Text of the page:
Slovan Bratislava’s match with Wolverhampton Wanderers is set to be played “behind closed doors” after the Slovakian club were punished for racist chants and banners in a previous game.
A UEFA loophole, however, has allowed the club to invite more than 21,000 supporters to their Europa League clash with the Premier League side.
Nuno Espirito Santo’s men travel to Slovan Bratislava on October 24 in Group K, with their hosts currently serving a punishment for racism from a group of fans against Greek opponents PAOK in August.
But Wolves, instead of playing their opponents in an empty stadium, will find it packed after the Slovak Super Liga side were allowed to give those tickets away to local clubs and schools.
Two hundred away fans with ‘category one’ tickets will be allowed into the New Slovakian National Stadium under UEFA’s Article 73, but the same regulation does not limit the amount of tickets which can be donated for free to children under 14.
And the club, who currently lie top of the group, posted on their website encouraging applications for the tickets.
They also state one adult can be permitted for every ten children, meaning Wolves fans will find themselves surprisingly outnumbered at the 22,500-capacity stadium.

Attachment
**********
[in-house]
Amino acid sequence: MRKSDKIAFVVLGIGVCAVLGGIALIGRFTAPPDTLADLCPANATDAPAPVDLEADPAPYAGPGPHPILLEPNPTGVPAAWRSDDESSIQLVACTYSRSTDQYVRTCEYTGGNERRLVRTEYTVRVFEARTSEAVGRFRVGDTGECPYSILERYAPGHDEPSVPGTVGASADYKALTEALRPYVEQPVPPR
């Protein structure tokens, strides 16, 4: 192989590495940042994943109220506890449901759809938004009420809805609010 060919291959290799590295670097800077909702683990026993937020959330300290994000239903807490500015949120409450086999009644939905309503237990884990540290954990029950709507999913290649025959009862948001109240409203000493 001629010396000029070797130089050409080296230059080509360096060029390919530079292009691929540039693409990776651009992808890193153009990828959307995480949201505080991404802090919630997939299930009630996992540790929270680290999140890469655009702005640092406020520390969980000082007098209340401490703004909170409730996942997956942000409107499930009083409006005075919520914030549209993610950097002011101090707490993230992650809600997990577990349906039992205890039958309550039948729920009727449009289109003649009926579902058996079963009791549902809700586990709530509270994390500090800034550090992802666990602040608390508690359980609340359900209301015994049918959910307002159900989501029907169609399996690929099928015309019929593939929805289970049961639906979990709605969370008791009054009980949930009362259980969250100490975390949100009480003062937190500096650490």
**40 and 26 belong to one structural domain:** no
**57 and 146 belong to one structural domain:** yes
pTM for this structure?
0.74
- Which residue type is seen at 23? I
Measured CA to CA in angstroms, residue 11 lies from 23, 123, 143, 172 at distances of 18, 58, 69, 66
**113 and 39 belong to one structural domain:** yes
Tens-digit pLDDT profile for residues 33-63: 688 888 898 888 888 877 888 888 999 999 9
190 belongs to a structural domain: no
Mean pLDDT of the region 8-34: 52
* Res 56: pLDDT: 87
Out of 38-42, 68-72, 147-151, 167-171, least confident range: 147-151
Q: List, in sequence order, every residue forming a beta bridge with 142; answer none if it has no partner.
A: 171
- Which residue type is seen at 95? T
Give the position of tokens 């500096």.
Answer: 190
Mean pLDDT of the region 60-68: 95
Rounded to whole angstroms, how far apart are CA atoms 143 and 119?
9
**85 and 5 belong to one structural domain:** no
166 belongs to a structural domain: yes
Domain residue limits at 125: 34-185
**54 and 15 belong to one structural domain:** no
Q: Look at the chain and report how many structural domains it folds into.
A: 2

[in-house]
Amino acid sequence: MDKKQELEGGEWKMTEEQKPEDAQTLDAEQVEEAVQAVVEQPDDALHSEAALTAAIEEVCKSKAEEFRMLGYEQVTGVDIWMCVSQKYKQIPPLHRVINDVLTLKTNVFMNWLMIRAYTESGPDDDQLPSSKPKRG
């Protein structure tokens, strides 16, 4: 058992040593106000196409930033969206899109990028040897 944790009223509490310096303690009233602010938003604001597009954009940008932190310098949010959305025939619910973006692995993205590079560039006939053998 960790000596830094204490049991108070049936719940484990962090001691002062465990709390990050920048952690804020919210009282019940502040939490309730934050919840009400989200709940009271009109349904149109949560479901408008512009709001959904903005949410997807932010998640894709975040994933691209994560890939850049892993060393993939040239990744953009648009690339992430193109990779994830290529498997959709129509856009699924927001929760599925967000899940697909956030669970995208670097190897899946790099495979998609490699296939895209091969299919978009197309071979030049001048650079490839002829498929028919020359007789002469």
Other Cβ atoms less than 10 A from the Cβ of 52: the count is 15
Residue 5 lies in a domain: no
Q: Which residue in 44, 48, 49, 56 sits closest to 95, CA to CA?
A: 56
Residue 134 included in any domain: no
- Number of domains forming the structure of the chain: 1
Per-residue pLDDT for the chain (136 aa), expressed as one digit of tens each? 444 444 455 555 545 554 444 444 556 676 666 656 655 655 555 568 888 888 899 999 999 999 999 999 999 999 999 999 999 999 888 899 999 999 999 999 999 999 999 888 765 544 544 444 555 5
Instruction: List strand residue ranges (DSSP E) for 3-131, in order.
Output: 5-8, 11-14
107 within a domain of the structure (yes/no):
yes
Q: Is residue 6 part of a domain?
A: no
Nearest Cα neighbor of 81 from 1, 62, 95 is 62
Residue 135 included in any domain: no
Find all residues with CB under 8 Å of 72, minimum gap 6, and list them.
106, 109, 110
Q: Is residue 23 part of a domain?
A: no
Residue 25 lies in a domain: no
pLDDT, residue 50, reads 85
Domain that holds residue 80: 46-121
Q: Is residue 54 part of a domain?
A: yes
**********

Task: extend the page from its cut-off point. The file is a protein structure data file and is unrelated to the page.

European football’s governing body ruled in August that they must play two Europa League matches behind closed doors following the scenes in their play-off match against PAOK.
It took them until October 9 to dismiss an appeal by the Slovakian club, meaning it now includes the Wolves match. They were also fined approximately £80,000 for the behaviour, as well as a lack of organisation at the match.
It will be the second time the club have resorted to such measures after almost 6,000 children spurred them on to a 4-2 victory against Besiktas in September.
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